Poz and Punishment

Published: May 29, 2013

Since the opening of Tyler Perry’s new film, Temptation: Confessions of a Marriage Counselor, my in-box has been flooded with concerns about the film’s message linking adultery and HIV. After seeing the film, I completely understand those concerns, so let me join in the outcry. However, the symbolic use of HIV as a punishment for immoral behavior is not a new phenomenon. It’s only now that we are beginning to realize the backward effects it has on society by doing nothing more than perpetuate harmful stigmas and discrimination.

The idea that an HIV-positive person deserves their diagnosis has been used in television and film countless times. Films such as For Colored Girls and Kids and television shows such as Law & Order: SVU all have used HIV as a punishment mechanism or as a consequence of bad behavior.

This “scaring” people into staying negative is not a concept limited to the entertainment industry. Growing up, I remember being taught in church and school that only deviants got HIV and, in turn, AIDS was a moral consequence of sin. The only way to remain “pure” and stay negative was to abstain from sex altogether. This ignorant gospel, added to the fact that I was gay, only intensified my fear of HIV and getting tested. Just like it was yesterday, I can remember my youth minister saying, “Homosexual sex leads to AIDS.”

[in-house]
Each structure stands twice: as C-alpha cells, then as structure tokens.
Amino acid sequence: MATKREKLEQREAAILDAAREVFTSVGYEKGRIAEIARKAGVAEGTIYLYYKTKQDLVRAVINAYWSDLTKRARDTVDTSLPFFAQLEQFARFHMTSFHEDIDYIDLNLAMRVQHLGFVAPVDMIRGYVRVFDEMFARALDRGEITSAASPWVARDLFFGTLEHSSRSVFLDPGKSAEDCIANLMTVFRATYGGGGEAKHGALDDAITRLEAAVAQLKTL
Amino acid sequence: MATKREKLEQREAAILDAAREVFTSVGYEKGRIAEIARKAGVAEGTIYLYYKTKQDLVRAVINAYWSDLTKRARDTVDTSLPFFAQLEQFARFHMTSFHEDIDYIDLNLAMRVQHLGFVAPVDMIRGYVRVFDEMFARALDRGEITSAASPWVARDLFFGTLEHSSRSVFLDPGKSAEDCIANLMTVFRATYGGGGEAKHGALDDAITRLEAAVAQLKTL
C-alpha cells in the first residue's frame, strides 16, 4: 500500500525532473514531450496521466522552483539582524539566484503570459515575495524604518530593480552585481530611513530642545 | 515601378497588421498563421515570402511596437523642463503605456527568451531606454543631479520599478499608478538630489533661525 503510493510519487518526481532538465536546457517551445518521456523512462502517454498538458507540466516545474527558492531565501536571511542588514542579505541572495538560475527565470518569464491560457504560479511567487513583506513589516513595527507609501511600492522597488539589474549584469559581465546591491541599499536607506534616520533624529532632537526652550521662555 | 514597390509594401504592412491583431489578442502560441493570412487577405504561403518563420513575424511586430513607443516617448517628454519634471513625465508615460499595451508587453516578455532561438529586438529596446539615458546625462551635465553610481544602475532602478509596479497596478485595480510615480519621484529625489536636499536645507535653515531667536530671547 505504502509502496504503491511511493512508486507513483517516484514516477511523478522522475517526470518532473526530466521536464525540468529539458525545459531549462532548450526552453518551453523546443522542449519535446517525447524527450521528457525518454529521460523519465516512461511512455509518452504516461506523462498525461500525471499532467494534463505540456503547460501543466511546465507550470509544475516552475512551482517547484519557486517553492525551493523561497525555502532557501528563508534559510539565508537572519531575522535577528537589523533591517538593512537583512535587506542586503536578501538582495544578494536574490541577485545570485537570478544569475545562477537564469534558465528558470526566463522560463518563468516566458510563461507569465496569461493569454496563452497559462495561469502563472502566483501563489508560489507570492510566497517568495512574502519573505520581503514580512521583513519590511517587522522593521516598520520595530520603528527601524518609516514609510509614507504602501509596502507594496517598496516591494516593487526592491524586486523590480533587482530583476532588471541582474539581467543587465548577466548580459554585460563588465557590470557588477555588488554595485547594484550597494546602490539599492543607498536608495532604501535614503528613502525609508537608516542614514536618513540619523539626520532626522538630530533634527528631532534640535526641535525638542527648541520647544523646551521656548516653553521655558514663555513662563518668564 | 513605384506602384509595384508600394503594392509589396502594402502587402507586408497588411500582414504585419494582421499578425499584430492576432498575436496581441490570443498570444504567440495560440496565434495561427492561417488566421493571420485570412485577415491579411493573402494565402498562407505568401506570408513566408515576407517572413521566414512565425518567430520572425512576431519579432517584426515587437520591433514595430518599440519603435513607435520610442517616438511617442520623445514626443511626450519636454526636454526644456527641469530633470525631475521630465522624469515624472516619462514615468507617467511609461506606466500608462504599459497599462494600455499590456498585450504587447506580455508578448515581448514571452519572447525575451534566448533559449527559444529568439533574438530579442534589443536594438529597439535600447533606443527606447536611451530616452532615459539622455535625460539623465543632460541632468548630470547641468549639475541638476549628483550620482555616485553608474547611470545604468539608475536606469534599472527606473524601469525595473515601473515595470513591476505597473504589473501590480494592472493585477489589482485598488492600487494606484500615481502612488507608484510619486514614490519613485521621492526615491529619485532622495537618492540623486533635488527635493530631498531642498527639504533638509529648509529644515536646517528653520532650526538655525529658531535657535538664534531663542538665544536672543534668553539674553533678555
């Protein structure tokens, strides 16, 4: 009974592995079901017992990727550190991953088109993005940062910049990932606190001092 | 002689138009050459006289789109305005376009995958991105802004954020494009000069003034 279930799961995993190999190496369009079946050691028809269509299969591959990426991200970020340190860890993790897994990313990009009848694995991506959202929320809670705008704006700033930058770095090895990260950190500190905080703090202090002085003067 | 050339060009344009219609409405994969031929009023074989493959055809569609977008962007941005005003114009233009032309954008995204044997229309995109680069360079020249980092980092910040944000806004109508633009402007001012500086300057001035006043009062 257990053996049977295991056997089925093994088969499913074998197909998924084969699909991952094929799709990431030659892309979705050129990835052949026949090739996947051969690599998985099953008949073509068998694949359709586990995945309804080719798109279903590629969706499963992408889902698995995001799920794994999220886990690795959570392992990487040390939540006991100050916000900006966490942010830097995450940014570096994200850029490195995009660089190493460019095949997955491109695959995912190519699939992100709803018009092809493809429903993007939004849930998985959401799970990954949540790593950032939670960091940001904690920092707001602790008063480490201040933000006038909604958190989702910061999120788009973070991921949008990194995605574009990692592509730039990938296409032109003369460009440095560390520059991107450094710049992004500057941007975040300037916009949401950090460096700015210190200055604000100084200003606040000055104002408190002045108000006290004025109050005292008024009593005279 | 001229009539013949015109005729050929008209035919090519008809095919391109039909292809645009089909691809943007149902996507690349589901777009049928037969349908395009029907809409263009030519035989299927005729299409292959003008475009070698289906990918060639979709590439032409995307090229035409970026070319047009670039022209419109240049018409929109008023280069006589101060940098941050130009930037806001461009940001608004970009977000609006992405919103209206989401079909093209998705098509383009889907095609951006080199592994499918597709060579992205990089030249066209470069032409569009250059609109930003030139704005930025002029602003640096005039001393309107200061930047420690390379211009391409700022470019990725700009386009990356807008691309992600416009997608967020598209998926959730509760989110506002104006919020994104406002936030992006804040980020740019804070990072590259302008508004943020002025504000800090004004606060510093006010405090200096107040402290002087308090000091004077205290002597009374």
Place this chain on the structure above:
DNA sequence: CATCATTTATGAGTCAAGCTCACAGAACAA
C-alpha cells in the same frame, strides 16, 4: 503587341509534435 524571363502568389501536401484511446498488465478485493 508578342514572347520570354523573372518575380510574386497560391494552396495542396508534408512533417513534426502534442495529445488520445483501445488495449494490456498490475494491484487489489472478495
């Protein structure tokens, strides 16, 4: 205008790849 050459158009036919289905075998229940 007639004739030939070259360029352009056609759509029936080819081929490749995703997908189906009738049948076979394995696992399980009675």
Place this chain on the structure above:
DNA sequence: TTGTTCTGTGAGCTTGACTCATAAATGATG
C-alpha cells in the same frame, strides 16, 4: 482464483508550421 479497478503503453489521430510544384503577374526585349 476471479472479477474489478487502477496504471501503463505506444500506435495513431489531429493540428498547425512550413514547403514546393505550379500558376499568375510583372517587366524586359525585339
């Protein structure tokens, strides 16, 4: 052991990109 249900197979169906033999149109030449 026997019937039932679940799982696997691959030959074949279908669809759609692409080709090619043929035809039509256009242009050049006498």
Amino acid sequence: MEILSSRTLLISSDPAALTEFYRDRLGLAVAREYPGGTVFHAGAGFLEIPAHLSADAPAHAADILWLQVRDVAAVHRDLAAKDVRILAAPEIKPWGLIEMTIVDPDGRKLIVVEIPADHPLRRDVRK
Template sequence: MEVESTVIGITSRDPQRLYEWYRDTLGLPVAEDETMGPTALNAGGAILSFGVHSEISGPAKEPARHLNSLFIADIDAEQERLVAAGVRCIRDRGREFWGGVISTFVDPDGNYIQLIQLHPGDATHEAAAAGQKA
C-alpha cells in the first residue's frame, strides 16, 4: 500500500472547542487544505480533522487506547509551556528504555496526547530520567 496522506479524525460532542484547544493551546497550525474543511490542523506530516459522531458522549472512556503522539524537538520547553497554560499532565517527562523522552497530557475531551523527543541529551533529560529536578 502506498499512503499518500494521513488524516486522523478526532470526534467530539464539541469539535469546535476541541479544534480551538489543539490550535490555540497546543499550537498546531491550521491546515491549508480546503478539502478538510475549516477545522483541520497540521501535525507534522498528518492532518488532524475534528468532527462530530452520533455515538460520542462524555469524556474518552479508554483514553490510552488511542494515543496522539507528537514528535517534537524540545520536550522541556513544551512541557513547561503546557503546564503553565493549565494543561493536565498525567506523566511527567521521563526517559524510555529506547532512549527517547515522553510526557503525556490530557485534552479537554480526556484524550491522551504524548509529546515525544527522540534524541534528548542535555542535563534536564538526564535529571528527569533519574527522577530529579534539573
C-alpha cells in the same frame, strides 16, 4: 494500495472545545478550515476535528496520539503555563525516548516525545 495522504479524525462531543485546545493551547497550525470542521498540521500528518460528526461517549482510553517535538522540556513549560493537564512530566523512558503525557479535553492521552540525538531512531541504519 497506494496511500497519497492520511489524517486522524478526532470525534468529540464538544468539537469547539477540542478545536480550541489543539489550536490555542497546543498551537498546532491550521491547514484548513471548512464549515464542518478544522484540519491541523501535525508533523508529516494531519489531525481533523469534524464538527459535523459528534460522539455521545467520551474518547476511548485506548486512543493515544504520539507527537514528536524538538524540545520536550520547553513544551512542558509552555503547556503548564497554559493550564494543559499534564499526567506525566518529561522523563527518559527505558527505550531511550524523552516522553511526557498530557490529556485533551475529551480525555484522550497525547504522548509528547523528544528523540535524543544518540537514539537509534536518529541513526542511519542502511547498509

So is it really that difficult to understand why people with HIV isolate themselves and people who don’t know their status fear taking an HIV test?

Once I found out I was positive, my eyes were opened to the number of HIV organizations using scare tactics as a method of prevention, just like my childhood church in Texas. Public health campaigns like “HIV — Not Fabulous” (from AIDS Healthcare Foundation) or “It’s Never Just HIV” (by New York City’s Department of Health) only help continue the harmful strategy of using HIV-positive individuals as nothing more than examples of why one should wear a condom. Frankly, this kind of messaging disgusts me. This is where perceptions come from. This is where stigma starts.

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